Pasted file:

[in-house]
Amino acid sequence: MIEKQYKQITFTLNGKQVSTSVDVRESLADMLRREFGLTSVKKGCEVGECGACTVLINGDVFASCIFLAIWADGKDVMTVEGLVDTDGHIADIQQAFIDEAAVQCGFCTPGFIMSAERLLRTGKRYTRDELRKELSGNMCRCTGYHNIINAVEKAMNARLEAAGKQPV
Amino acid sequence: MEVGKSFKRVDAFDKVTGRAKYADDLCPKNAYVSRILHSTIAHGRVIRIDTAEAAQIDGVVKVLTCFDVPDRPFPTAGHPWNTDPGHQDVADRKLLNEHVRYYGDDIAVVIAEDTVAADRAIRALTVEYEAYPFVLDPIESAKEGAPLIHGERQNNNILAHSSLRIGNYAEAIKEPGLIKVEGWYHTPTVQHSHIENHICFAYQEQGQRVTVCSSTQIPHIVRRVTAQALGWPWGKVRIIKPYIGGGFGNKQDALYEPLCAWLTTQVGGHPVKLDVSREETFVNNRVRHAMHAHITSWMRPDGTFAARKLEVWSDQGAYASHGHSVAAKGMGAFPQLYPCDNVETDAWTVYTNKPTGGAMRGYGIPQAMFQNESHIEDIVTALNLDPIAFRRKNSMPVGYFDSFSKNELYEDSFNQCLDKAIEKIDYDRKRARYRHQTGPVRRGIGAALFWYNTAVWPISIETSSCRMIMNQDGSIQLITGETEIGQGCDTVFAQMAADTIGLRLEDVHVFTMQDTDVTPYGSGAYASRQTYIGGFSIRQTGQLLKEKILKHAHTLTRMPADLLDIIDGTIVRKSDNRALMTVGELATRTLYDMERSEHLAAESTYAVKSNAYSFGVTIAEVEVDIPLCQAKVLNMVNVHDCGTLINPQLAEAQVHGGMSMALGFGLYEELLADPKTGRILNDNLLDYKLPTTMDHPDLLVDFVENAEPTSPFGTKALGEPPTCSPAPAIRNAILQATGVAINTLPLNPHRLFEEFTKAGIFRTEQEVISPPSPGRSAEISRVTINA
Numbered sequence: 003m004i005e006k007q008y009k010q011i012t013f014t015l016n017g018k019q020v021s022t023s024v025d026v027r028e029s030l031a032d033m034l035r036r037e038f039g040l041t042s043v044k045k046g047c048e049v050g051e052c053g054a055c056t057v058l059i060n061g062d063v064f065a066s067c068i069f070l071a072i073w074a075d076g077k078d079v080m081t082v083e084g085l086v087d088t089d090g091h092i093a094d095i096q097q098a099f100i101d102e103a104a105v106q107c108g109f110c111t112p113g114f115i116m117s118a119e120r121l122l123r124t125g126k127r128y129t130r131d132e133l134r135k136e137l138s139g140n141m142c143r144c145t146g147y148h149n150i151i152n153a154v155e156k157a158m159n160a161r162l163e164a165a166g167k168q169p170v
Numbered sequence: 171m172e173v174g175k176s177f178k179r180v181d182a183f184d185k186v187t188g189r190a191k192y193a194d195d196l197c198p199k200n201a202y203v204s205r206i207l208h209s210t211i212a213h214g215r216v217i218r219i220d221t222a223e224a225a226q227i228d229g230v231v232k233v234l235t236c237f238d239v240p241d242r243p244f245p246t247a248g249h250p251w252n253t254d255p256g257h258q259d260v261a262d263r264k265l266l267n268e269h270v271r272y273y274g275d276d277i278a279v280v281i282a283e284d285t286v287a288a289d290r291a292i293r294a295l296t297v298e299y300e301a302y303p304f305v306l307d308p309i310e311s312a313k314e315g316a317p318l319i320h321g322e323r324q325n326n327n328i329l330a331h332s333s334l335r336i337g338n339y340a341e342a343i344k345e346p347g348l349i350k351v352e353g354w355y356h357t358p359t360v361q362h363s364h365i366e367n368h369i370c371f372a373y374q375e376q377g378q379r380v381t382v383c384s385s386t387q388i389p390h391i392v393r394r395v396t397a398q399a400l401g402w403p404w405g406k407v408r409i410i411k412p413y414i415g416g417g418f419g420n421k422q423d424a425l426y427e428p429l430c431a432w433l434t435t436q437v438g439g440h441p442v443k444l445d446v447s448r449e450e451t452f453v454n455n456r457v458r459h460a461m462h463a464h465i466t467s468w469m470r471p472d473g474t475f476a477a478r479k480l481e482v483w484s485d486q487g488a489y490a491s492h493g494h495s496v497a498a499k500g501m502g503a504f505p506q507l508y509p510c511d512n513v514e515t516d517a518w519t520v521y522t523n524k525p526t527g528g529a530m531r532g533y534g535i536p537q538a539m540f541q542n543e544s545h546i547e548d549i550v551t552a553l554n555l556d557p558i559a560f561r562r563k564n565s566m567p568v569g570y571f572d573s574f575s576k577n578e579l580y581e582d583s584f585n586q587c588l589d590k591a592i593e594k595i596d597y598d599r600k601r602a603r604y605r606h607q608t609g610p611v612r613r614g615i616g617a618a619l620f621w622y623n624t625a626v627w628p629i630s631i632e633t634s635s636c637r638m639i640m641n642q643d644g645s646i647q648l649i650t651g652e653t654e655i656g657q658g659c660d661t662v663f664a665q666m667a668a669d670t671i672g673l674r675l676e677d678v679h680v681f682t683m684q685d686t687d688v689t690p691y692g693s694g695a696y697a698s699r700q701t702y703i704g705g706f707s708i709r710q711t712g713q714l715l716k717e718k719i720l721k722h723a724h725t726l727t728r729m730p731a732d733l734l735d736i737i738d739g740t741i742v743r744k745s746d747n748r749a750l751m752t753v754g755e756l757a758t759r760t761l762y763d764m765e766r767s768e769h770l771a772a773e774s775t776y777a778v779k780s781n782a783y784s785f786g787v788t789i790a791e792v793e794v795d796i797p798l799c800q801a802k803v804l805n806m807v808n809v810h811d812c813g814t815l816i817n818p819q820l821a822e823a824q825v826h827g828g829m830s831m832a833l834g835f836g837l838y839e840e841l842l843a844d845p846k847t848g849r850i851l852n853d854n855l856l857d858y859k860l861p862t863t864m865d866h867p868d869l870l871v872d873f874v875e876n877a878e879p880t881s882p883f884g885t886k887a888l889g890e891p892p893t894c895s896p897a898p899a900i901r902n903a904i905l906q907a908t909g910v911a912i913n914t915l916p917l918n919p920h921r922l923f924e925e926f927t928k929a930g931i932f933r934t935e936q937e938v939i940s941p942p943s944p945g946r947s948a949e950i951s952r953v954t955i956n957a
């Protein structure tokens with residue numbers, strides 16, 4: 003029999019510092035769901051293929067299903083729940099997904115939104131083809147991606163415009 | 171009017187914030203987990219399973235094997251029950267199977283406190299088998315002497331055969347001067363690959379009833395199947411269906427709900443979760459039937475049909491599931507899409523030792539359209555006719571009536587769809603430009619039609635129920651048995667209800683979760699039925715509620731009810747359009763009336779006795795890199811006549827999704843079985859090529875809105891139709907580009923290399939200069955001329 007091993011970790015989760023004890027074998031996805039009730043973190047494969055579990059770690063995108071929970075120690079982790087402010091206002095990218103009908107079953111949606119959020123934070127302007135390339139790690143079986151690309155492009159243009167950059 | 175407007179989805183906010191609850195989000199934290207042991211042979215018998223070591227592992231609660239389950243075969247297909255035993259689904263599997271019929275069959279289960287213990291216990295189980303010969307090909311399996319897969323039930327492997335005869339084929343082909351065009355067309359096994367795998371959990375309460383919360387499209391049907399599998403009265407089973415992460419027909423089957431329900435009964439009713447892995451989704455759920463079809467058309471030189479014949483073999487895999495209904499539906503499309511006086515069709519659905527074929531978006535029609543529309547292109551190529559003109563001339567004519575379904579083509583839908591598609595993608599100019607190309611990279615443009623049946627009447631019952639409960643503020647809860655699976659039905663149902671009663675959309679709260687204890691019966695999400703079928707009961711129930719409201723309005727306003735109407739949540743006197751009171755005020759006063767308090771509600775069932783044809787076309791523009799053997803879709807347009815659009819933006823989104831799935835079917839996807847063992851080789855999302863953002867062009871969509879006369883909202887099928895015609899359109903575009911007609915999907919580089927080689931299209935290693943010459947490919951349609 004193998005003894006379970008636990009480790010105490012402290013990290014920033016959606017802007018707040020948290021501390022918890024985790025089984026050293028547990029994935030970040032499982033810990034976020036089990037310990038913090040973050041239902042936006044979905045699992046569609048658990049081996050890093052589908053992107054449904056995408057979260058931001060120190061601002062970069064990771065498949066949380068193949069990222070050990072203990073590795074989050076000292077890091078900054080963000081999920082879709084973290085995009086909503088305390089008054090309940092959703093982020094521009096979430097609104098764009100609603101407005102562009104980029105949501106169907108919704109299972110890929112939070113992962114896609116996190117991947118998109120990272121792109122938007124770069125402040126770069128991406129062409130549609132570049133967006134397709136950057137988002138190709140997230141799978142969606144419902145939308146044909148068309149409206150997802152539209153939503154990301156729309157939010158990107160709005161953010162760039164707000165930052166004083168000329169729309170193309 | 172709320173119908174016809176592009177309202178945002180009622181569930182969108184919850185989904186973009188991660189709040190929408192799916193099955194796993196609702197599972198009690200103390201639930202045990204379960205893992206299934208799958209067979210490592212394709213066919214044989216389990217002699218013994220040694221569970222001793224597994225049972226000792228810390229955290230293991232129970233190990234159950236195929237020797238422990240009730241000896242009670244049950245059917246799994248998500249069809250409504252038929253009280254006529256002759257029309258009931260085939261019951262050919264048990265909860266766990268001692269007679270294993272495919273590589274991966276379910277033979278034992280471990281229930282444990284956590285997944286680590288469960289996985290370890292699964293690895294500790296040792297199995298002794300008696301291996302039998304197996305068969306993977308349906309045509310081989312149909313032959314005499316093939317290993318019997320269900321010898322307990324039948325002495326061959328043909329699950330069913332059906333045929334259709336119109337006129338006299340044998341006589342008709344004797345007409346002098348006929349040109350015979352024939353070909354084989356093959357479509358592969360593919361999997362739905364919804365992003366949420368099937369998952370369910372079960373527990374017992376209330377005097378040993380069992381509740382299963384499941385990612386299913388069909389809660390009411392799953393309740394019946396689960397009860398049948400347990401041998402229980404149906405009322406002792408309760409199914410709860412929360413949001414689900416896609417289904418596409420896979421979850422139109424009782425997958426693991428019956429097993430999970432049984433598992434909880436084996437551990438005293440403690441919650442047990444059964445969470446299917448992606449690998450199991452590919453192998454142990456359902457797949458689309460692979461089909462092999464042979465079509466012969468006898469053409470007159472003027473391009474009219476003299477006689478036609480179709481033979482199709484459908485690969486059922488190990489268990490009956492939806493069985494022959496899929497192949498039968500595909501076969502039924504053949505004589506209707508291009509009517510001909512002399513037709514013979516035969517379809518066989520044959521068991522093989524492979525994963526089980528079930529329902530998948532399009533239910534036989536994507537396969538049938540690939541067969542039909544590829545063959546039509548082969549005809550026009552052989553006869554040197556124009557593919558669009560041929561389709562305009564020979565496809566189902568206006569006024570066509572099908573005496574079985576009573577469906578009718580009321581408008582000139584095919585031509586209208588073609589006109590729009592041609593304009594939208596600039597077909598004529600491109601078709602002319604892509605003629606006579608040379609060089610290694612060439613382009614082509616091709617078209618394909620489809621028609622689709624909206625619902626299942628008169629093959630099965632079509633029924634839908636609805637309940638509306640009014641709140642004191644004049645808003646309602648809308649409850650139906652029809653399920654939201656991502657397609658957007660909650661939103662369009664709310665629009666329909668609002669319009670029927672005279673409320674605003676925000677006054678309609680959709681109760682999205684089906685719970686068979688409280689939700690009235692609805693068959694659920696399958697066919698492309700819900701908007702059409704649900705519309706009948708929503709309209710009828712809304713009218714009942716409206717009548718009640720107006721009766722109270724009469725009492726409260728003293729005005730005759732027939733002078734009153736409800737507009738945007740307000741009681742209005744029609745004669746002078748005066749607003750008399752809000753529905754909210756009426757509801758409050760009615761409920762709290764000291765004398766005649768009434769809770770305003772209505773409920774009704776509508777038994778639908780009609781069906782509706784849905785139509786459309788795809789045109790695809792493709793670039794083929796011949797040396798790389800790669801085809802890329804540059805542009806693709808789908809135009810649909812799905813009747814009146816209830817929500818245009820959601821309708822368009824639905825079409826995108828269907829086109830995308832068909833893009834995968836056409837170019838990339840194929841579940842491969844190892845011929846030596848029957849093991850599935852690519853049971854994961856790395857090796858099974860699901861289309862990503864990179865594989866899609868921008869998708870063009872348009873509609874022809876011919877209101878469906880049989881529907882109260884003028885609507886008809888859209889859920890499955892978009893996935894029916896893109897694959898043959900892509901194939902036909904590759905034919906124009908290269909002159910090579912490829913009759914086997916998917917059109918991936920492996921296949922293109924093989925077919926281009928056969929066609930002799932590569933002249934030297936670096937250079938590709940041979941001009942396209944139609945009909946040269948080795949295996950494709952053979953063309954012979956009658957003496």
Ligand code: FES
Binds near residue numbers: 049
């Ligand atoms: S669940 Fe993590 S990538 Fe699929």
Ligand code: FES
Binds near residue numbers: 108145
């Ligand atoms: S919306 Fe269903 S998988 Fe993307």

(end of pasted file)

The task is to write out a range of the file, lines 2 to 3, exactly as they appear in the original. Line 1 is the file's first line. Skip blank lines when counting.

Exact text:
Amino acid sequence: MIEKQYKQITFTLNGKQVSTSVDVRESLADMLRREFGLTSVKKGCEVGECGACTVLINGDVFASCIFLAIWADGKDVMTVEGLVDTDGHIADIQQAFIDEAAVQCGFCTPGFIMSAERLLRTGKRYTRDELRKELSGNMCRCTGYHNIINAVEKAMNARLEAAGKQPV
Amino acid sequence: MEVGKSFKRVDAFDKVTGRAKYADDLCPKNAYVSRILHSTIAHGRVIRIDTAEAAQIDGVVKVLTCFDVPDRPFPTAGHPWNTDPGHQDVADRKLLNEHVRYYGDDIAVVIAEDTVAADRAIRALTVEYEAYPFVLDPIESAKEGAPLIHGERQNNNILAHSSLRIGNYAEAIKEPGLIKVEGWYHTPTVQHSHIENHICFAYQEQGQRVTVCSSTQIPHIVRRVTAQALGWPWGKVRIIKPYIGGGFGNKQDALYEPLCAWLTTQVGGHPVKLDVSREETFVNNRVRHAMHAHITSWMRPDGTFAARKLEVWSDQGAYASHGHSVAAKGMGAFPQLYPCDNVETDAWTVYTNKPTGGAMRGYGIPQAMFQNESHIEDIVTALNLDPIAFRRKNSMPVGYFDSFSKNELYEDSFNQCLDKAIEKIDYDRKRARYRHQTGPVRRGIGAALFWYNTAVWPISIETSSCRMIMNQDGSIQLITGETEIGQGCDTVFAQMAADTIGLRLEDVHVFTMQDTDVTPYGSGAYASRQTYIGGFSIRQTGQLLKEKILKHAHTLTRMPADLLDIIDGTIVRKSDNRALMTVGELATRTLYDMERSEHLAAESTYAVKSNAYSFGVTIAEVEVDIPLCQAKVLNMVNVHDCGTLINPQLAEAQVHGGMSMALGFGLYEELLADPKTGRILNDNLLDYKLPTTMDHPDLLVDFVENAEPTSPFGTKALGEPPTCSPAPAIRNAILQATGVAINTLPLNPHRLFEEFTKAGIFRTEQEVISPPSPGRSAEISRVTINA